The dynamics of how glaciers will change in the future and what will happen to the quantity of water they release, however, are still unknown. Models have been developed to understand this phenomenon. But most of the models capture the entire Himalaya region as a single entity and extrapolate the patterns, even though topography, geology, and terrain in this belt are not uniform. This calls for assessment of potential impacts in smaller catchments where the conditions can be modeled more precisely. One such study has been conducted in the Koshi river basin, which is the source of Tamor, Arun, Dudhkoshi, Likhu, Tamakoshi, Sunkoshi and Indrawati rivers.

Snow and glacier melt contributes to 34 percent of annual discharge in the Koshi river basin, according to the study. The contribution from glacial melt in the basin is particularly significant during the pre-monsoon season from March to May, providing 63 percent of stream-flow, says the 2016 paper titled 'Impacts of Climate Change on the Hydrological Regime of the Koshi River Basin in the Himalayan Region'. These are the months when water is scarce, as rainwater is virtually absent. This shows glaciers are the dominant source of water for Koshi river basin during the dry season. The share of glacial melt in the basin, however, drops to 10 percent during the winter season from November to February when air temperature plunges, and stands at around 39 percent in the monsoon season from June to September. The water generated by glaciers is most important for hydropower and irrigation projects in the pre-monsoon season, when the weather is very dry. But that may change in the second half of this century. Glacier melt in the Koshi river basin is expected to accelerate up to 2046 by 1.78 mm per year on average, increasing the discharge of water in rivers, mostly in monsoon. This may be good news for farmers, but the surge in flow of water also heightens the risk of floods, landslides, and erosion of fertile topsoil. This could exert pressure on hydropower dams and flood swathes of land in Nepal and India. After 2046, snowmelt will fall to 0.68 mm per year on average in Koshi river basin due to a drop in stock of glaciers, which might reduce the flow of water in rivers, especially in pre- and post-monsoon seasons. The 2019 ICIMOD study on Hindu Kush-Himalaya region also showed that glacial melt will increase river flows till 2060, after which they will shrink, hitting the Indus River and other rivers in central Asia the most.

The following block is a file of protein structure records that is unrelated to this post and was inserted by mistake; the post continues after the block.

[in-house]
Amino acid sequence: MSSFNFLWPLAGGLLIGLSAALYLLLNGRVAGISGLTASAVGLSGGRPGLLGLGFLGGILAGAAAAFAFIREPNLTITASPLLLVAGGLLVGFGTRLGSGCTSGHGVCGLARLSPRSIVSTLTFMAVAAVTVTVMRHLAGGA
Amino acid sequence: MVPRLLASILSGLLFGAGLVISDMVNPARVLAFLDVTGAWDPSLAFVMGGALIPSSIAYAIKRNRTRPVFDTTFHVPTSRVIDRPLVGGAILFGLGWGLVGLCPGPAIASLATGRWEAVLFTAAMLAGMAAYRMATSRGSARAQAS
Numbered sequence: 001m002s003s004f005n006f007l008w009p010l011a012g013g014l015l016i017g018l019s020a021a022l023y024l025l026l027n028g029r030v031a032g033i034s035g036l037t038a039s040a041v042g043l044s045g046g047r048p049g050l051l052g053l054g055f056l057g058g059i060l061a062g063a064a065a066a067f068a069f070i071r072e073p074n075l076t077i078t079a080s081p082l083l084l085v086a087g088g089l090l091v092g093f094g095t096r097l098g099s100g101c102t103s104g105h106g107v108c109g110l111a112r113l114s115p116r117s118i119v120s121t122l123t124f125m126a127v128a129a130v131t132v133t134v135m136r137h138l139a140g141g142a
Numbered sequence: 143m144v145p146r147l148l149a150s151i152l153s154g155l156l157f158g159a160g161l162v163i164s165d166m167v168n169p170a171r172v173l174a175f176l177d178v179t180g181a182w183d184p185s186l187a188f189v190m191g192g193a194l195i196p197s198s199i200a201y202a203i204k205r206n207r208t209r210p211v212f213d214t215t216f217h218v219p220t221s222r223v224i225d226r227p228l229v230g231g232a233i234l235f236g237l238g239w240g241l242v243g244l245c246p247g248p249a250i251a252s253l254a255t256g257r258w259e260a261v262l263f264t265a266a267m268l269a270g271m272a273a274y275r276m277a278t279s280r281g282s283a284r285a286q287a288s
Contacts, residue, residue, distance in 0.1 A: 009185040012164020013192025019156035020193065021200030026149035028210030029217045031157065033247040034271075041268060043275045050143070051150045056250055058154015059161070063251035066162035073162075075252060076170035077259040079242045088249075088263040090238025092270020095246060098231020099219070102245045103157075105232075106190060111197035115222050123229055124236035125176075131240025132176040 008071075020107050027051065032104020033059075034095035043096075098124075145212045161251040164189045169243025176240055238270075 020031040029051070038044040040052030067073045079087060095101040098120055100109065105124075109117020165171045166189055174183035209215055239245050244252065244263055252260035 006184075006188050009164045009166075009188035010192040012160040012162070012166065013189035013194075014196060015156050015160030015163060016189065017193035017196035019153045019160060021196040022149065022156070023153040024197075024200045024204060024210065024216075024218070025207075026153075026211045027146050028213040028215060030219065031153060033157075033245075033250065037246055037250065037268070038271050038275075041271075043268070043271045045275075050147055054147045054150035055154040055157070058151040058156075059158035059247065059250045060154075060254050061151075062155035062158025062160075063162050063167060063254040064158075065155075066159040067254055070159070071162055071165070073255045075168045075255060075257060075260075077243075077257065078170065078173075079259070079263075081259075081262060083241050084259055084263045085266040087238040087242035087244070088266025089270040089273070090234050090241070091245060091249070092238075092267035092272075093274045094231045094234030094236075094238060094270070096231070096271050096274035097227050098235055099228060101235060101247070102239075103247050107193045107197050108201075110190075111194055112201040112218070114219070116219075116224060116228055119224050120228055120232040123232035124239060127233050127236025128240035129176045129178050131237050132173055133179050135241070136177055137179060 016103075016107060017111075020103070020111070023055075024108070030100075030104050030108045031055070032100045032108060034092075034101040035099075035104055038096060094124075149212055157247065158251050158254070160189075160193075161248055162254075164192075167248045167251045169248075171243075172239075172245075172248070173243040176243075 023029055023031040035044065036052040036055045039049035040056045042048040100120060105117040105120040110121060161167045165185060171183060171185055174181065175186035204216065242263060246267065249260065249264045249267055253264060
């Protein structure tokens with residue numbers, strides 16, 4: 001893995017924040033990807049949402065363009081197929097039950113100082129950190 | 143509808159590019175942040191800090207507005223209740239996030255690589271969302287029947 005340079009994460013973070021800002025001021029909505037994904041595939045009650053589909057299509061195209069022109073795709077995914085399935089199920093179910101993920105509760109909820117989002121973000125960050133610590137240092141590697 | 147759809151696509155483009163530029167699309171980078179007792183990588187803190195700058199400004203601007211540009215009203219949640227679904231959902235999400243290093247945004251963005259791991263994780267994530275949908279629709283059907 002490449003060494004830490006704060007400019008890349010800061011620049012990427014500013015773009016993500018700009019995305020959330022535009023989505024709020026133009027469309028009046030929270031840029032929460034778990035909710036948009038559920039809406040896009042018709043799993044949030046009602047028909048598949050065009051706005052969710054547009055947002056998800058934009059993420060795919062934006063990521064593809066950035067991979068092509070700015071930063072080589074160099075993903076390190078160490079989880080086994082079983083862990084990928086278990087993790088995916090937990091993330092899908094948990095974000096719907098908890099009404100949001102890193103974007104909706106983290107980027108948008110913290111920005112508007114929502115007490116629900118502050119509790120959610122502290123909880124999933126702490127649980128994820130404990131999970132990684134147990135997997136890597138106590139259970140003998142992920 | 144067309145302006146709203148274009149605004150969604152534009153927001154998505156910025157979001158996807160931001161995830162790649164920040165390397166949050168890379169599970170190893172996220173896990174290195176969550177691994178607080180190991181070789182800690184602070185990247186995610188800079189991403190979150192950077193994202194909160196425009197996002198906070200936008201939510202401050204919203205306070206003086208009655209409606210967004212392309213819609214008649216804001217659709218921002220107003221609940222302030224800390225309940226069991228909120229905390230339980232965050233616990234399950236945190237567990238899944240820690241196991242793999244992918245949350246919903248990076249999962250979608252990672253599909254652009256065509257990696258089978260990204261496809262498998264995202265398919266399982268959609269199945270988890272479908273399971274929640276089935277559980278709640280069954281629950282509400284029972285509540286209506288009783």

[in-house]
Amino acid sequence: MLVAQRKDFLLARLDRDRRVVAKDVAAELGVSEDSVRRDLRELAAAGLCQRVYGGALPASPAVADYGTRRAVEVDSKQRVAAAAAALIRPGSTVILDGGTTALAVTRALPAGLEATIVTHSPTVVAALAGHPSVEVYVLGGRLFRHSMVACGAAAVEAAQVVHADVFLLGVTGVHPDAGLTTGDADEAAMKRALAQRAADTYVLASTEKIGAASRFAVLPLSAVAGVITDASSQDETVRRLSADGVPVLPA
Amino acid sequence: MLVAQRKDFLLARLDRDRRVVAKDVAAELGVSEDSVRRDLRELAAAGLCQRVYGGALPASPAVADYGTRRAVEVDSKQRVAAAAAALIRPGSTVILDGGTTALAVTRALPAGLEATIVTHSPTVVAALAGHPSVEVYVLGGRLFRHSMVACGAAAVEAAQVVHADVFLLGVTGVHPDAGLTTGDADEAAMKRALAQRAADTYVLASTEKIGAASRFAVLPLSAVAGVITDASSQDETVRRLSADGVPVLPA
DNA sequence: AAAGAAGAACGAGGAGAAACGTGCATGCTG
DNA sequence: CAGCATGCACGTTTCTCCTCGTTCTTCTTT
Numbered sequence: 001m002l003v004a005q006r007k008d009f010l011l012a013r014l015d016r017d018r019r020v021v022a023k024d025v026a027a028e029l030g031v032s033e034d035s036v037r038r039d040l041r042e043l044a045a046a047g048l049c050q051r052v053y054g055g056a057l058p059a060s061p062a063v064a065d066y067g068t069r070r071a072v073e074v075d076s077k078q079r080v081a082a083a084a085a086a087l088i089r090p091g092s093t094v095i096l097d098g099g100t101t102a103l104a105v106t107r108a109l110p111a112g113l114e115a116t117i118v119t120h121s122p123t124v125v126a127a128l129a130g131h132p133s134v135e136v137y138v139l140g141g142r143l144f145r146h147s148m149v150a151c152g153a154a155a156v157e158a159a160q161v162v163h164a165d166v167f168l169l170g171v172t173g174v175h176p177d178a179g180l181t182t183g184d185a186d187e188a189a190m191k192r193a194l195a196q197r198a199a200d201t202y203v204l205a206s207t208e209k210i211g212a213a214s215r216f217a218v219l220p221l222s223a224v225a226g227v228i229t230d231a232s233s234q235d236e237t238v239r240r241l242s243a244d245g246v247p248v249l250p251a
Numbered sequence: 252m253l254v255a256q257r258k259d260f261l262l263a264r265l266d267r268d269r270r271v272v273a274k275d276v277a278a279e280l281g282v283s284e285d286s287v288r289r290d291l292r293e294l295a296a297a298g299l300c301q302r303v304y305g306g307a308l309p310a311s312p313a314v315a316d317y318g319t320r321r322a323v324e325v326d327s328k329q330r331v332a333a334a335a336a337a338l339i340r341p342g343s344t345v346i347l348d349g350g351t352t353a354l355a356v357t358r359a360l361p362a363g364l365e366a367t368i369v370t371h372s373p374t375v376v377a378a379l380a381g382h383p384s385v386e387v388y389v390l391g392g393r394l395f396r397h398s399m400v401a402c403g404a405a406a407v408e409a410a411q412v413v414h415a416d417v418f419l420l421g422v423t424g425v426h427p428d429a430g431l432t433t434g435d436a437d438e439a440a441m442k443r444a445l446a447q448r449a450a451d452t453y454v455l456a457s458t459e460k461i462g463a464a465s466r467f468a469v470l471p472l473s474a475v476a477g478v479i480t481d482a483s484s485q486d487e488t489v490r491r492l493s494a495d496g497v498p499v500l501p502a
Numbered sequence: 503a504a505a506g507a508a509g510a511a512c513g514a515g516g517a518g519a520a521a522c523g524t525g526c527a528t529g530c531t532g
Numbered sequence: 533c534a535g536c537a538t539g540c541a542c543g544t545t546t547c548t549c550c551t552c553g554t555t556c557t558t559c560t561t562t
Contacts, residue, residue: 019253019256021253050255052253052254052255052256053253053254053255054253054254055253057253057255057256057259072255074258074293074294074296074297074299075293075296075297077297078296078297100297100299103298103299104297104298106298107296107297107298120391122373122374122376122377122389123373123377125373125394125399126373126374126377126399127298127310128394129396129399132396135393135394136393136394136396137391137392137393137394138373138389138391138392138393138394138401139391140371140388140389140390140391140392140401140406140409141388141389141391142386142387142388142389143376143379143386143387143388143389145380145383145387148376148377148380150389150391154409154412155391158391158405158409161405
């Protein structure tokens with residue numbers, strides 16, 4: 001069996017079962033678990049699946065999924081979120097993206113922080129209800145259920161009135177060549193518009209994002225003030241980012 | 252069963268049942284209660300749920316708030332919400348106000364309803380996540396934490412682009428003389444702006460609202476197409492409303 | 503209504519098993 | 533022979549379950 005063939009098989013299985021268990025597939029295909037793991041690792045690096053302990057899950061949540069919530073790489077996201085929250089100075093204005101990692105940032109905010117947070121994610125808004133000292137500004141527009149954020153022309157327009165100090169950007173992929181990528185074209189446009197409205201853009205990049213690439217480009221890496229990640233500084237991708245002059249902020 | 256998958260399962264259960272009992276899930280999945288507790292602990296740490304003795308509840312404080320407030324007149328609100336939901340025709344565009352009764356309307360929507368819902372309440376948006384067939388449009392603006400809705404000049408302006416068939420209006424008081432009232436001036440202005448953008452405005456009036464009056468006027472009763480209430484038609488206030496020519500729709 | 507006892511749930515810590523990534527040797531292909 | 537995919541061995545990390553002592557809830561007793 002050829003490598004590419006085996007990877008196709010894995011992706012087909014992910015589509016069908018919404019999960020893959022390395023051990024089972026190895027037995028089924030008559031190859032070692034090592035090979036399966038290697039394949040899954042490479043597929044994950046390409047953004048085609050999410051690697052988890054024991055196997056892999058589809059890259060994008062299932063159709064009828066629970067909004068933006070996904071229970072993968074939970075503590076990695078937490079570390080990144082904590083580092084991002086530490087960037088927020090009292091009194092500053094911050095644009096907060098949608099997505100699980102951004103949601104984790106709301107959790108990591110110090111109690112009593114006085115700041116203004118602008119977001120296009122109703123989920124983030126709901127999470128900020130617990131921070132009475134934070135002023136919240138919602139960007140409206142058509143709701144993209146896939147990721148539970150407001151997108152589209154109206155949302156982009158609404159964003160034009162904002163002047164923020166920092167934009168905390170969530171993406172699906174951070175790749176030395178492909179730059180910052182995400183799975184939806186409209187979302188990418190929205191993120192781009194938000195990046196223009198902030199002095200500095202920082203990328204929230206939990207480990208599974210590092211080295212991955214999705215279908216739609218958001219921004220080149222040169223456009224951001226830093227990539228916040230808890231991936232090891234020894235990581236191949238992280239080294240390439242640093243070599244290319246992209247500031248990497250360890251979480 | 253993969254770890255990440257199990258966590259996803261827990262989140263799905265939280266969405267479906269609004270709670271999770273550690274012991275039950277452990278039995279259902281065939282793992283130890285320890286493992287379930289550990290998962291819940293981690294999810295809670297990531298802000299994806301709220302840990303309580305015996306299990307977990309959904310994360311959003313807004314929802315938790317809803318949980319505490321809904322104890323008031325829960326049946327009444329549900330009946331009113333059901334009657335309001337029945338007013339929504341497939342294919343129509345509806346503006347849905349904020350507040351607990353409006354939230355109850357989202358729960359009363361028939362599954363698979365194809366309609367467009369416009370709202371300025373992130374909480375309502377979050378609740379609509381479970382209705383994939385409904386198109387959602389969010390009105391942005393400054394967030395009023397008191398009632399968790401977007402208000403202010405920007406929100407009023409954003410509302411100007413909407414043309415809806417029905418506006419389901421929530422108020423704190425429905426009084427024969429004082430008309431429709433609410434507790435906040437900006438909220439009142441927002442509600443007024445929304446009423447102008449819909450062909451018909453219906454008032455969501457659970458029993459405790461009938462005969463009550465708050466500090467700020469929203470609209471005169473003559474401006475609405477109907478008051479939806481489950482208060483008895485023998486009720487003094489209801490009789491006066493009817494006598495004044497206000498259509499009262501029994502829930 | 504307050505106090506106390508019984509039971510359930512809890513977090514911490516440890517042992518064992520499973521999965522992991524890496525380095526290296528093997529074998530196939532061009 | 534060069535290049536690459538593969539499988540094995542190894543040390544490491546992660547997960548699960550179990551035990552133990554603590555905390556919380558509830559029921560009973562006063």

Going forward, the biggest challenge would be to prevent disputes related to sharing of water, which will gradually become one of the most precious natural resources in the world. Chances of two nuclear powers in South Asia, India and Pakistan, engaging in a bitter fight cannot be ruled out, as disputes between the two are deepening over use of water in Indus River, which falls under the domain of India (39 percent), Pakistan (47 percent), Tibet in China and Afghanistan. This might further affect the regional integration process, which is already facing headwinds due to rivalry between India and Pakistan.

"Air pollution, glacial melt and reduction in river water discharge are regional as well as international issues, which Nepal alone cannot settle. So, this problem must be raised frequently in regional and international platforms," says atmospheric scientist Panday. "As a responsible nation, Nepal should strive to reduce the level of air pollution by curbing its domestic emissions, including black carbon, which are also accelerating the glacial melt."